As frustrating as it likely was to have its Japanese cut goofed-up for its domestic release, I’m sure it was still a massive joy to have a Godzilla picture back in American theaters in the year 2000. The few previous Toho-produced Godzilla films were straight to video affairs (I’m guessing the 1998 Roland Emmerich Godzilla picture gave the series enough of a popularity-boost to transcend that) and kaiju movies are obviously meant to be seen as big and loud as possible. That’s largely because special effects are their main draw, whether or not films like Godzilla ’54 and Shin Godzilla back them up with Big Ideas. Special effects-wise, Millennium offers an exciting mix of the old and the new. Godzilla & Orga are still actors in rubber suits stomping around hand-built miniatures. That original-flavor special effects recipe is spiced up with a more current influence, though, particularly the matte painting & set piece spectacle of the early Spielberg era and the shoddy CGI of post-Spielberg disaster pictures. Godzilla 2000 arrived long after the 90s disaster epics wave of titles like Twister & Independence Day (not to mention Godzilla ’98’s own participation in that aesthetic), so it shouldn’t be so jarring to see Toho’s tried & true brand of Kaiju action mixed with that influence. Still, the visual references (to Twister & Independence Day particularly) are too specific and too plentiful not to stand out in this context. I’m sure that the Japanese cut of Godzilla 2000 is the superior piece of writing (and I probably should have watched it before filing this review) but even the goofed-up American version of the film retains enough visual spectacle, both in classic kaiju action & in its 90s disaster epic aesthetic, to be well worth a look. That was likely especially true for those who caught it on the big screen in its initial theatrical run. It would have been vastly preferable for Millennium to be afforded the Shin Godzilla treatment of a faithful American translation, but this is still a badass monster movie where Godzilla lays an extensive beatdown on a sky scraper-sized UFO beast. It would be near-impossible to ruin that.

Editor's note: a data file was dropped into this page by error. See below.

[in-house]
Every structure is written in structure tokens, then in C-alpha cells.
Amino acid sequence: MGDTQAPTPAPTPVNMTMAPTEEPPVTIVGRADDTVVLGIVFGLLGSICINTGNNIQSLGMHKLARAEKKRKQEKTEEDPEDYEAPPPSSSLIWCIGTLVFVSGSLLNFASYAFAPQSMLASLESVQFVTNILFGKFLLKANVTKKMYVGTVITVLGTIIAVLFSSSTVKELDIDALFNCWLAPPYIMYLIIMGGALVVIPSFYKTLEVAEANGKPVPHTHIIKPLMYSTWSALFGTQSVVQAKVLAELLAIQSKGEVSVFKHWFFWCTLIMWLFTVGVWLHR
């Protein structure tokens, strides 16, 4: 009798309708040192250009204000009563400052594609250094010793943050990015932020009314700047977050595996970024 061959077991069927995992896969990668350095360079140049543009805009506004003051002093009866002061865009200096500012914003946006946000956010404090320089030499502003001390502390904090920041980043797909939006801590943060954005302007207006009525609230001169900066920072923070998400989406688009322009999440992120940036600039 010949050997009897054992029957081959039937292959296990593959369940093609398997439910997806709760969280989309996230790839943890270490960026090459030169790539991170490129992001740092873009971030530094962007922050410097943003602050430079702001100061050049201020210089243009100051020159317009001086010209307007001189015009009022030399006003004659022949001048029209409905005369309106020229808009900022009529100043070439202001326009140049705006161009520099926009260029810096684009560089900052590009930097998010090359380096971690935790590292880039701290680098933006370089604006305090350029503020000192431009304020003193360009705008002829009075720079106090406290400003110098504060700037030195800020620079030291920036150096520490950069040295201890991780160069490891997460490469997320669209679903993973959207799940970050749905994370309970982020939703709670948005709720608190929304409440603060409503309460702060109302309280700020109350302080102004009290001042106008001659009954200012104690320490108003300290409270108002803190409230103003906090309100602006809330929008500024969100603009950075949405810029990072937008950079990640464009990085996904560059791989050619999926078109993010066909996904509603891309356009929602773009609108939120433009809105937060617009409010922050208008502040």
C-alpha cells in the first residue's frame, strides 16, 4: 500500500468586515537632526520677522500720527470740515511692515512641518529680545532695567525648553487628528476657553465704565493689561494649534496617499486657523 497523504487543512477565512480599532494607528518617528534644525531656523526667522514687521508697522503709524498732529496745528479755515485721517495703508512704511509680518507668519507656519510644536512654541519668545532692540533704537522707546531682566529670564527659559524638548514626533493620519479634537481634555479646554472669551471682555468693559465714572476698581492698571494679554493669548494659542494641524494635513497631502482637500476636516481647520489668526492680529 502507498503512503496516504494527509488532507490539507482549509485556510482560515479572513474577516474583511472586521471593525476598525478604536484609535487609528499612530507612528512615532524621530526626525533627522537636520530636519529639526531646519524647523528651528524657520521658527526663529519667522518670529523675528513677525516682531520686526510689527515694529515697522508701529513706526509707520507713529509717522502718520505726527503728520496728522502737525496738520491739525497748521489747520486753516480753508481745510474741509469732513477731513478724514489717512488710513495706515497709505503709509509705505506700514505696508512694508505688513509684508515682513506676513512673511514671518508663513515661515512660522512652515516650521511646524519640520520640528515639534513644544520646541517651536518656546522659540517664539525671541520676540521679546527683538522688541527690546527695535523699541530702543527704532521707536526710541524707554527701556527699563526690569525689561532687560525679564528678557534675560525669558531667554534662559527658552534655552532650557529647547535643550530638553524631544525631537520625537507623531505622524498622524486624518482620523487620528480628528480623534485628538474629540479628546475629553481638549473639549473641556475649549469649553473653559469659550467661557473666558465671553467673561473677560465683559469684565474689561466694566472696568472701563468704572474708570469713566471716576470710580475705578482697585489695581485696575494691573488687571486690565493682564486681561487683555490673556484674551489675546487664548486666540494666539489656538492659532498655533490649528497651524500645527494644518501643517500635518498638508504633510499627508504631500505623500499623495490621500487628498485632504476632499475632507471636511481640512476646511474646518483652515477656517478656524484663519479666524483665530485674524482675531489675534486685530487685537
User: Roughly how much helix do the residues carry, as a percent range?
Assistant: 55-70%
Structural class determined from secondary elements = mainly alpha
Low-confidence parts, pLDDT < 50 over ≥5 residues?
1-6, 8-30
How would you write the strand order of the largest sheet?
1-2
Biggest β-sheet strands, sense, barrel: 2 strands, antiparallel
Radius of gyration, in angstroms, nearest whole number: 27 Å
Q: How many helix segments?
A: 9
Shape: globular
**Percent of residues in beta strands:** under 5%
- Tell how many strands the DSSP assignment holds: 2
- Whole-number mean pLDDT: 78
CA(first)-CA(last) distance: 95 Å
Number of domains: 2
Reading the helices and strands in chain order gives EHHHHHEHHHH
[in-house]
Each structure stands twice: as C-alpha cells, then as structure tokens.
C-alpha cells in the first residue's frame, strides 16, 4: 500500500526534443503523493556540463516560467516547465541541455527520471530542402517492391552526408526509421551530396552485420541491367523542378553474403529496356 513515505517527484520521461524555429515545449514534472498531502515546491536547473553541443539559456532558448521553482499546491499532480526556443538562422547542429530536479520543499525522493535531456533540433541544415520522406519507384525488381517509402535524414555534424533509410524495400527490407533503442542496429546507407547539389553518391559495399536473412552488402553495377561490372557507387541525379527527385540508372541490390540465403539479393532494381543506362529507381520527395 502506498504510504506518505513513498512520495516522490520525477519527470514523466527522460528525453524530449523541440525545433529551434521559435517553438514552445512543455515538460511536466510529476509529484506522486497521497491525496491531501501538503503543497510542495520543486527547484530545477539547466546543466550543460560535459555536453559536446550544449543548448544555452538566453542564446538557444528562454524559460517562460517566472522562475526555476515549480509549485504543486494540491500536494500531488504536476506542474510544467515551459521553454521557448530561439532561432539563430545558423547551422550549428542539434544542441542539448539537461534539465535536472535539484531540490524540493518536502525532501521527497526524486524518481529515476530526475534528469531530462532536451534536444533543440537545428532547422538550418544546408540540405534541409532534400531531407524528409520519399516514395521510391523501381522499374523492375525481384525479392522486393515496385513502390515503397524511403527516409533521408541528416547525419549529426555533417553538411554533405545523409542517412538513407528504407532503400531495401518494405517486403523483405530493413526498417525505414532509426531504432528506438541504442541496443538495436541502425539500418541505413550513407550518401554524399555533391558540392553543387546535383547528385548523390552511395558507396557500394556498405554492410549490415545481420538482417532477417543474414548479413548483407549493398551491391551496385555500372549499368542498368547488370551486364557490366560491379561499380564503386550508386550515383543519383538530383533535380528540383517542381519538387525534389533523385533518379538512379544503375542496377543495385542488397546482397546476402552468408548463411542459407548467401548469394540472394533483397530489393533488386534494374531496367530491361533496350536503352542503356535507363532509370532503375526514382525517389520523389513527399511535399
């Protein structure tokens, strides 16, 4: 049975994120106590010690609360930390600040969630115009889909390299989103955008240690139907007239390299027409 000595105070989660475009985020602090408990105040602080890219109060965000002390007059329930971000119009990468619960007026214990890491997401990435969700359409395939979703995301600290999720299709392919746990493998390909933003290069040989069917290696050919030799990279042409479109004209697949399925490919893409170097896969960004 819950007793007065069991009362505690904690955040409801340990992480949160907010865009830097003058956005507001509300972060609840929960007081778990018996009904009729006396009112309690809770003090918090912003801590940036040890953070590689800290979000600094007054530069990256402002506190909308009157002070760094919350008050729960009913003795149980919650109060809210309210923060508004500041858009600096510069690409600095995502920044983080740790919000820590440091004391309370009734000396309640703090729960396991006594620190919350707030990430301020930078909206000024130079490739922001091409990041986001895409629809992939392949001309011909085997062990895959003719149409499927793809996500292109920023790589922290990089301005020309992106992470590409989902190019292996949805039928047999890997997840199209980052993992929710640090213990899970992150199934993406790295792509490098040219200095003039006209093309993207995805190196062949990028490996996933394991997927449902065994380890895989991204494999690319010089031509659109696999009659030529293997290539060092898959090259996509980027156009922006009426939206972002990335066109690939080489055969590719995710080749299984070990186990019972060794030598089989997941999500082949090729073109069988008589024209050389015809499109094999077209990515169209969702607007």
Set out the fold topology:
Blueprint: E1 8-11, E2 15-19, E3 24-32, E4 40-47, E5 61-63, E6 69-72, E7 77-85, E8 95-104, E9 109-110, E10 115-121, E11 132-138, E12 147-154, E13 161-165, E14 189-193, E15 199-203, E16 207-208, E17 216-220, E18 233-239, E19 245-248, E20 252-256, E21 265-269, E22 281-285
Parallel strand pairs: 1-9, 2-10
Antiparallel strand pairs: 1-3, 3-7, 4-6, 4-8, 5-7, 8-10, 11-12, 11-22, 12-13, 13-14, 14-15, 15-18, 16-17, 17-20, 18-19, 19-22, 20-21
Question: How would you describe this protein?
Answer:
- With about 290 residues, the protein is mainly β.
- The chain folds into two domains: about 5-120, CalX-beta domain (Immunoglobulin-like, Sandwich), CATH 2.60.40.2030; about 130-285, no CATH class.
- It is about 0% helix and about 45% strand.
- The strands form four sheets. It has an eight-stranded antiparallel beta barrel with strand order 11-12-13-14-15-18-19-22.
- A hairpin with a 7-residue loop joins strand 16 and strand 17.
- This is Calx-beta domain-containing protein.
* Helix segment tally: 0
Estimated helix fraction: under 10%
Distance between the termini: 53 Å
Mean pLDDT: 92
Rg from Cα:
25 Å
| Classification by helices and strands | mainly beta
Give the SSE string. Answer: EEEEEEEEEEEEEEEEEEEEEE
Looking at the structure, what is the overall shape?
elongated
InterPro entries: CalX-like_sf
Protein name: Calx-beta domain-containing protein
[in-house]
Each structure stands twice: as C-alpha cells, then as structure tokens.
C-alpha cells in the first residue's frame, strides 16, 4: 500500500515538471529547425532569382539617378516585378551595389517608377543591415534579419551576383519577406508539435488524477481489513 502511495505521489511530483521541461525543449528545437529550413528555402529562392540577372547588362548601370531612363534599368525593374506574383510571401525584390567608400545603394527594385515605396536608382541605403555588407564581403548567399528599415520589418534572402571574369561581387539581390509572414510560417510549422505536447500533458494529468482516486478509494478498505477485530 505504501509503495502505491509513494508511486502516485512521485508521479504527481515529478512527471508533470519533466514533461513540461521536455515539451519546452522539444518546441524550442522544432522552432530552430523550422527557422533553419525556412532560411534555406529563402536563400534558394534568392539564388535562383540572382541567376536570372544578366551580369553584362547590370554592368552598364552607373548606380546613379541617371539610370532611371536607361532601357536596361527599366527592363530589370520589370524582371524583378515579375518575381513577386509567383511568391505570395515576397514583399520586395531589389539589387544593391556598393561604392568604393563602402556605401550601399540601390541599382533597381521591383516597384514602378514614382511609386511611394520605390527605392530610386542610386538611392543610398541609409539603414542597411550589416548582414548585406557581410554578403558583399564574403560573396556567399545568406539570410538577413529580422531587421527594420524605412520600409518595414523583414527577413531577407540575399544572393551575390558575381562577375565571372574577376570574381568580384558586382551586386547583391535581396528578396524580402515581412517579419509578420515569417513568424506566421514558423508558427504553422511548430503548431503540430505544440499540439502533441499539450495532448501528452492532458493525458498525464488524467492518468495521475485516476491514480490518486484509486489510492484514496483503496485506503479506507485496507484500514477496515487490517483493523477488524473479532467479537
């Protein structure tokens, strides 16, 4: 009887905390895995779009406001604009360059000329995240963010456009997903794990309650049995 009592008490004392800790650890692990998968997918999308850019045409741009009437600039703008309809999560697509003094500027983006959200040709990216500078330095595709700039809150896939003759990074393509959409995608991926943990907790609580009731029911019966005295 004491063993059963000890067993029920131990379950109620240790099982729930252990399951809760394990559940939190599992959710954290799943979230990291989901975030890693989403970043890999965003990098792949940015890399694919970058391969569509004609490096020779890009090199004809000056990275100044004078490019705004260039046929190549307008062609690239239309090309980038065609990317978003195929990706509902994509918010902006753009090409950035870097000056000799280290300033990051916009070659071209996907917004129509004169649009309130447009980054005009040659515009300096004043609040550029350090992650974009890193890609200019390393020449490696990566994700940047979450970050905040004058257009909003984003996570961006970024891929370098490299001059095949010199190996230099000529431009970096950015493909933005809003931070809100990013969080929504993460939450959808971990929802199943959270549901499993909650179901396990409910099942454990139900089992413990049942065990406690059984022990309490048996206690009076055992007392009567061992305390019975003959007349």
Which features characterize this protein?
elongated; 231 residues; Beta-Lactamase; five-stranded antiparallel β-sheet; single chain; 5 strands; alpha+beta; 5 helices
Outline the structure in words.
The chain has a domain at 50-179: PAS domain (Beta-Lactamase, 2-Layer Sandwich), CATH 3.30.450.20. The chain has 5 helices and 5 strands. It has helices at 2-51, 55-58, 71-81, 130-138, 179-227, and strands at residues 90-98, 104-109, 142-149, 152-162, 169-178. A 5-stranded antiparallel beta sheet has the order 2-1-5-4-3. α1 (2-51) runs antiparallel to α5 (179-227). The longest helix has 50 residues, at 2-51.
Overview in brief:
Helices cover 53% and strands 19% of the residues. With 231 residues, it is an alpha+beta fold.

-Brandon Ledet